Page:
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Legacies

Here are just three of the many donors whose gifts have benefited all areas of the College’s activities. Professor John Crook (1921–2007) was a Fellow of St John’s for more than 50 years and needs little introduction to those who knew him. He came up to Cambridge on a scholarship in 1939, being the only child of parents of modest means. After exemplary war service, he reached the top of his chosen academic profession as Professor of Ancient History at Cambridge and was a world expert on Roman Law and Legal Practices. He was a source of unstinting support to generations of students and continues to be so through his substantial bequest, which has enabled the creation of the John Crook Memorial Fund. This fund provides scholarships to graduate students, with a preference for those from Commonwealth countries, helping St John’s to remain a centre for research excellence. Professor Arthur Dunston (1922–2000) was a Classicist who came to St John’s as an Affiliated Student, having already undertaken a degree at the University of Reading. He gained a First in Part II of the Classical tripos in 1949. After posts at University College London and the University of Reading, he went to Australia, where for a long time he held the Chair of Latin at the University of Sydney. Professor Dunston bequeathed the sum of £31,705 for the School of Pythagoras, to help renovate this ancient building into a new Archive Centre, making the College’s wonderful collections more accessible to scholars. Dr Martin Moore (1914–2004) read Medicine at St John's from 193. After graduation, he specialised in chest conditions at Papworth and Leicester hospitals before taking up directorship of the Southampton Mass X-Ray Unit. He was very fond of St John’s and during his time at Cambridge he met lifelong friends, colleagues and his future wife, Helen. Dr Moore bequeathed £1,028 to the Field Sports Fund, helping to ensure St John’s will always be able to provide first-class sporting facilities for its students.


A living legacy: the Beaufort Society In 2009, St John’s took steps to honour legacy benefactors during their lifetimes by establishing the Beaufort Society, named in honour of the College’s Foundress, Lady Margaret Beaufort. Membership of the society is open to anyone who lets the College know that they have made provision for St John’s in their will, and to date 181 individuals have done so. A full list of members is provided in the insert that accompanies this report.

Since its foundation on the 500th anniversary of Lady Margaret’s death in 2009, the Beaufort Society has met three times, and a sense of community is growing amongst this group of thoughtful benefactors. The society’s members are planning to endow bursaries, contribute to scholarships and help fund the redevelopment of one of the College’s oldest buildings, amongst many other projects. Such commitment to the future of St John’s is as impressive as it is inspirational, and the society is an ongoing source of strength and support to the College.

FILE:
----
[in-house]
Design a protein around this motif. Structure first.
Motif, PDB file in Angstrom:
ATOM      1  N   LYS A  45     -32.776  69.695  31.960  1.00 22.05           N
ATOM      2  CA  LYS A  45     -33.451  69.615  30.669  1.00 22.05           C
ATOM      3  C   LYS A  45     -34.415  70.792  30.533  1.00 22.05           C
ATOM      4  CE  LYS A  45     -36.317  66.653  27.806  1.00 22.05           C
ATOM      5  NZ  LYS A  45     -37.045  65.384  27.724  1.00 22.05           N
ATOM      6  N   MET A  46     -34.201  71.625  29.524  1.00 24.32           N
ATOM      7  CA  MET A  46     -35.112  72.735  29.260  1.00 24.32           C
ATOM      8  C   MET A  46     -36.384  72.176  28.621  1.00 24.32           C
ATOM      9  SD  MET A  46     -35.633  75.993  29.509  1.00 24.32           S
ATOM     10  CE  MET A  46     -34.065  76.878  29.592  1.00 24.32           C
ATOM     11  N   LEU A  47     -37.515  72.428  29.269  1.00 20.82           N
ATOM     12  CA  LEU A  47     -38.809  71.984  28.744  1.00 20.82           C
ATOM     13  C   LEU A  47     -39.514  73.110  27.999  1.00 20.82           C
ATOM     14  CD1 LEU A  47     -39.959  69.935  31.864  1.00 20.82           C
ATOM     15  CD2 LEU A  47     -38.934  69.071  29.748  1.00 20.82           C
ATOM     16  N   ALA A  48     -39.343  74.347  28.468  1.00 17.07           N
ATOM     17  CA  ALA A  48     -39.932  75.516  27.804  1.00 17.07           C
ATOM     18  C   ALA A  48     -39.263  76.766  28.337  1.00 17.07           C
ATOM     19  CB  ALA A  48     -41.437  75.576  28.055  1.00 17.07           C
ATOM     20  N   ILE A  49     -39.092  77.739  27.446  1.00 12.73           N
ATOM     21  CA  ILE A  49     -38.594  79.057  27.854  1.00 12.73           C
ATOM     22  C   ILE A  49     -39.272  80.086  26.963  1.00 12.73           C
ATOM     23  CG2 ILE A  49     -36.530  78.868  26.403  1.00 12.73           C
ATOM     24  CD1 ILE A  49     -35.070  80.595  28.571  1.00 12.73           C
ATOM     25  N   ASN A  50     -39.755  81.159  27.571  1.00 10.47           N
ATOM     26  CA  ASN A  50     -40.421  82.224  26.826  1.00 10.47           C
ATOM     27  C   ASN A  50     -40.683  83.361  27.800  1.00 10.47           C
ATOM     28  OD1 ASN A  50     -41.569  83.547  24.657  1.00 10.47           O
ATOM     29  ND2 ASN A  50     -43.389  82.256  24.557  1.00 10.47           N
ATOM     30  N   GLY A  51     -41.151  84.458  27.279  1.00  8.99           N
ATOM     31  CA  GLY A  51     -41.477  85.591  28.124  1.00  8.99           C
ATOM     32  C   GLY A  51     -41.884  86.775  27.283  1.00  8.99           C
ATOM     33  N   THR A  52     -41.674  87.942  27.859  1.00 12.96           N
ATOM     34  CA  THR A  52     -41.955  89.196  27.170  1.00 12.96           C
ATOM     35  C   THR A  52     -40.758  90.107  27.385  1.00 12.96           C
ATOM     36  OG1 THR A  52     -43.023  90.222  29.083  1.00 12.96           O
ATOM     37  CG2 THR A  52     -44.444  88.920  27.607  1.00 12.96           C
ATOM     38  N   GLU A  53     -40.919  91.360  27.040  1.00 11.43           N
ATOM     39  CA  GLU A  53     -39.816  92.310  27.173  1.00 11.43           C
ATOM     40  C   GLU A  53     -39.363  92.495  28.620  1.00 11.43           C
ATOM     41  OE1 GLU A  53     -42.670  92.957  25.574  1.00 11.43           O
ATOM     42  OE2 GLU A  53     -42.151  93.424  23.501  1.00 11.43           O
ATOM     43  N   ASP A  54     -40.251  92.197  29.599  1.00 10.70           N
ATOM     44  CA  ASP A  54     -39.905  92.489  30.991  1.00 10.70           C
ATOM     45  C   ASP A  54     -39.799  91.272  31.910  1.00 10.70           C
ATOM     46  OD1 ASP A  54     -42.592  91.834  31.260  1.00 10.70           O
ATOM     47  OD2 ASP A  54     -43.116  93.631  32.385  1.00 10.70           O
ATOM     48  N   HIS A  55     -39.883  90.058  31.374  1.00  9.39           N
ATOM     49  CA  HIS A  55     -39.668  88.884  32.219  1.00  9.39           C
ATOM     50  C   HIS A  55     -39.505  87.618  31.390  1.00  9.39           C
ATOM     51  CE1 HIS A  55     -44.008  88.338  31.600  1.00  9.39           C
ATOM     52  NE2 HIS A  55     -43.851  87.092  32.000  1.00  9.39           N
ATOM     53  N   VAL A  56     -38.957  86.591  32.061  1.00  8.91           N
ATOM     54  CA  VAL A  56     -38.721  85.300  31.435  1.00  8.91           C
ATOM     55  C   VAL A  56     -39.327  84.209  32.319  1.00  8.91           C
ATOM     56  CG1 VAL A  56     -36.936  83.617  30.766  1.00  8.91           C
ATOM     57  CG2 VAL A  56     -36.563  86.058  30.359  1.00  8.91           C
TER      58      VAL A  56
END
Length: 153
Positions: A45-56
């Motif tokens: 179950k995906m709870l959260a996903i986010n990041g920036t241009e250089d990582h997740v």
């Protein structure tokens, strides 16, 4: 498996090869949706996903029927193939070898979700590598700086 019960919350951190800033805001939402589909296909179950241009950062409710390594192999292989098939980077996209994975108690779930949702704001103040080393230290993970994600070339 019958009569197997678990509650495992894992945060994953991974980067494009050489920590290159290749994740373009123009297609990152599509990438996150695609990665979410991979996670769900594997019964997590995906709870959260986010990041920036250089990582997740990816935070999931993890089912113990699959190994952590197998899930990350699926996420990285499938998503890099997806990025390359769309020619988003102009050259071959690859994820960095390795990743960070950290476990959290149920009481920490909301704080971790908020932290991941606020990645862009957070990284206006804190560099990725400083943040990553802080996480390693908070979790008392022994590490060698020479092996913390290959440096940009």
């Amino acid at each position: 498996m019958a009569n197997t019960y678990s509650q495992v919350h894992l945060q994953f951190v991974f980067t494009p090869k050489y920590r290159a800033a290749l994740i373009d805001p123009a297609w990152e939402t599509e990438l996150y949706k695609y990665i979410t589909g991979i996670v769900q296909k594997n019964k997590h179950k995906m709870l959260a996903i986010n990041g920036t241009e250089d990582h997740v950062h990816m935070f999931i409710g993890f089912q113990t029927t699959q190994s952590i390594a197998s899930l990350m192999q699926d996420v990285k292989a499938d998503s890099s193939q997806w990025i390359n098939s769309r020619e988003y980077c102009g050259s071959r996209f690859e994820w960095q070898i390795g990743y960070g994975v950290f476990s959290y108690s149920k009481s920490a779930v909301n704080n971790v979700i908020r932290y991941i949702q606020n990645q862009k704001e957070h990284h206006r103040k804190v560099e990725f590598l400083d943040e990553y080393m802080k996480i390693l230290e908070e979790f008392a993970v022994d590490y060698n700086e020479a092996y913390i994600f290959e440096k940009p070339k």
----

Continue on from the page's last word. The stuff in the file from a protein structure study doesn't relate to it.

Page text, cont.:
Legacies

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^

What next?

The conclusion of the St John’s College Campaign brings us to the next stage of the College’s long-term fundraising strategy.

Over the past 20 years, higher education has changed beyond all recognition, and it is clear that new funding arrangements and the increasing effects of the globalisation of education mean that challenges, threats and opportunities abound. One constant in this age of uncertainty is the College’s commitment to academic excellence. Current resources will not be enough, however, if we, and the University as a whole, are to retain a position of international pre-eminence. The next step for College fundraising is a new Development Programme and the focus areas will be:

The endowment With an endowment (securities and property assets) of some £350 million, St John’s is more fortunate than most academic institutions in the UK, and this is almost entirely due to loyal Johnians and supporters from generations past. However, even with excellent stewardship and management, the income derived from this endowment is struggling to keep pace with the demands put upon it;

24

The future


running the College is a costly business. On top of the support of students through bursaries and scholarships, the upkeep of the College’s historic buildings has a huge impact on our resources, with around £55 million being spent on their restoration in the past decade alone. Then there are the factors that elevate the collegiate experience above that of other universities – the supervision system, the many opportunities to take part in sport, music and other cultural activities, as well as the experience of dining in Hall. These are all supported and subsidised through the endowment, with only a fraction being covered by fees. We are aiming to build the endowment to at least £500 million, and within this sum to safeguard individual elements of College life through ring-fenced funds for purposes such as the Choir, field sports and the LMBC.

Student support With the increase in fees to £9,000 per year and further rises expected in the long-term, the College is determined to offer the necessary financial support to all who need it.

Therefore, we must raise significant funds for meanstested bursaries, hardship awards, prizes, scholarships and vacation research awards. Attracting the brightest and best, regardless of financial means, is at the core of the College’s academic strategy, so another strand of our fundraising objectives will be to provide the means to enhance our outreach work, extend summer school programmes and look at other schemes that will identify and encourage the broadest possible spectrum of applicants.